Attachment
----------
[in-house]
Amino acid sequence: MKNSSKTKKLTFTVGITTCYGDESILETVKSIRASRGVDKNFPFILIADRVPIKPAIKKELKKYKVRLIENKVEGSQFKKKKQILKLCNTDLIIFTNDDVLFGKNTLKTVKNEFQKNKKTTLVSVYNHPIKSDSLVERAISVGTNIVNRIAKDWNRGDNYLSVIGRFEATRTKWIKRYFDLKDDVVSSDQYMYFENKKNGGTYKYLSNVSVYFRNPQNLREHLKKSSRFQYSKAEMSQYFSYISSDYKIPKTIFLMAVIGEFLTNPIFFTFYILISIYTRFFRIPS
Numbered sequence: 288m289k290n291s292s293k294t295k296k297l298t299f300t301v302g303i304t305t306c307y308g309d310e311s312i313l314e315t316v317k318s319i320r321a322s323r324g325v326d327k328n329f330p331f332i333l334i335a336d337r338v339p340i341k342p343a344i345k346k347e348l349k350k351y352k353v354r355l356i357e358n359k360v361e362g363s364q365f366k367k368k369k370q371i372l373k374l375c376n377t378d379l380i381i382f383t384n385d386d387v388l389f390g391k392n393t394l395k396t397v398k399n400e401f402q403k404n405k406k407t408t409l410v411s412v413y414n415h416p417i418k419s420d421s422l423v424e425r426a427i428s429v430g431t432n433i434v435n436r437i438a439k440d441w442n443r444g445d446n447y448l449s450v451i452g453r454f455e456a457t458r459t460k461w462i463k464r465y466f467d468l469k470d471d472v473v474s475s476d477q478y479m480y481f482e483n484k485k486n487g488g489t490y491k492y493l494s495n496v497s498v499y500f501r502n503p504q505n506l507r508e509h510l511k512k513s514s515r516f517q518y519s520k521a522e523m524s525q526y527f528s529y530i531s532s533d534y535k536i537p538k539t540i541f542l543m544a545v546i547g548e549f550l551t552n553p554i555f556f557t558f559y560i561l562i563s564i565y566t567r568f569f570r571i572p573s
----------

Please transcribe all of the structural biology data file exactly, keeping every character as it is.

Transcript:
[in-house]
Amino acid sequence: MKNSSKTKKLTFTVGITTCYGDESILETVKSIRASRGVDKNFPFILIADRVPIKPAIKKELKKYKVRLIENKVEGSQFKKKKQILKLCNTDLIIFTNDDVLFGKNTLKTVKNEFQKNKKTTLVSVYNHPIKSDSLVERAISVGTNIVNRIAKDWNRGDNYLSVIGRFEATRTKWIKRYFDLKDDVVSSDQYMYFENKKNGGTYKYLSNVSVYFRNPQNLREHLKKSSRFQYSKAEMSQYFSYISSDYKIPKTIFLMAVIGEFLTNPIFFTFYILISIYTRFFRIPS
Numbered sequence: 288m289k290n291s292s293k294t295k296k297l298t299f300t301v302g303i304t305t306c307y308g309d310e311s312i313l314e315t316v317k318s319i320r321a322s323r324g325v326d327k328n329f330p331f332i333l334i335a336d337r338v339p340i341k342p343a344i345k346k347e348l349k350k351y352k353v354r355l356i357e358n359k360v361e362g363s364q365f366k367k368k369k370q371i372l373k374l375c376n377t378d379l380i381i382f383t384n385d386d387v388l389f390g391k392n393t394l395k396t397v398k399n400e401f402q403k404n405k406k407t408t409l410v411s412v413y414n415h416p417i418k419s420d421s422l423v424e425r426a427i428s429v430g431t432n433i434v435n436r437i438a439k440d441w442n443r444g445d446n447y448l449s450v451i452g453r454f455e456a457t458r459t460k461w462i463k464r465y466f467d468l469k470d471d472v473v474s475s476d477q478y479m480y481f482e483n484k485k486n487g488g489t490y491k492y493l494s495n496v497s498v499y500f501r502n503p504q505n506l507r508e509h510l511k512k513s514s515r516f517q518y519s520k521a522e523m524s525q526y527f528s529y530i531s532s533d534y535k536i537p538k539t540i541f542l543m544a545v546i547g548e549f550l551t552n553p554i555f556f557t558f559y560i561l562i563s564i565y566t567r568f569f570r571i572p573s